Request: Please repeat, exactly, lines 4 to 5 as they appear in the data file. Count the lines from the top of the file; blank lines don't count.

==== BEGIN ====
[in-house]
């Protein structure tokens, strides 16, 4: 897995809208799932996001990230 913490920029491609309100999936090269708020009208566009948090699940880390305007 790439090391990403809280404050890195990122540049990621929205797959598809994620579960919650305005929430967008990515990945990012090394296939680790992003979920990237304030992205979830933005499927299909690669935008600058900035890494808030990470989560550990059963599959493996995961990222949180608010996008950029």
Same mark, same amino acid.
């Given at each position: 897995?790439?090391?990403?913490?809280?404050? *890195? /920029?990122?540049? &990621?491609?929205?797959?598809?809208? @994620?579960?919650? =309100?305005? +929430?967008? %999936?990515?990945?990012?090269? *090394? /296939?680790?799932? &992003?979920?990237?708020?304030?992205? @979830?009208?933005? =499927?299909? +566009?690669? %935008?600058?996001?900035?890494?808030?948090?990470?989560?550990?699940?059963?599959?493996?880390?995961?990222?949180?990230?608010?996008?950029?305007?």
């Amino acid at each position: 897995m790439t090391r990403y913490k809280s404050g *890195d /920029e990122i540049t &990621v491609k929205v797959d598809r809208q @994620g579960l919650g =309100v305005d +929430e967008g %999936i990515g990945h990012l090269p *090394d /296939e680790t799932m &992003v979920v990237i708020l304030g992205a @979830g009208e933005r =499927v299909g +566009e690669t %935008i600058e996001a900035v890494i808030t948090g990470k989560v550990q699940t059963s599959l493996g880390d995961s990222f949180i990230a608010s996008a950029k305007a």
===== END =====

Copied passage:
């Given at each position: 897995?790439?090391?990403?913490?809280?404050? *890195? /920029?990122?540049? &990621?491609?929205?797959?598809?809208? @994620?579960?919650? =309100?305005? +929430?967008? %999936?990515?990945?990012?090269? *090394? /296939?680790?799932? &992003?979920?990237?708020?304030?992205? @979830?009208?933005? =499927?299909? +566009?690669? %935008?600058?996001?900035?890494?808030?948090?990470?989560?550990?699940?059963?599959?493996?880390?995961?990222?949180?990230?608010?996008?950029?305007?």
């Amino acid at each position: 897995m790439t090391r990403y913490k809280s404050g *890195d /920029e990122i540049t &990621v491609k929205v797959d598809r809208q @994620g579960l919650g =309100v305005d +929430e967008g %999936i990515g990945h990012l090269p *090394d /296939e680790t799932m &992003v979920v990237i708020l304030g992205a @979830g009208e933005r =499927v299909g +566009e690669t %935008i600058e996001a900035v890494i808030t948090g990470k989560v550990q699940t059963s599959l493996g880390d995961s990222f949180i990230a608010s996008a950029k305007a």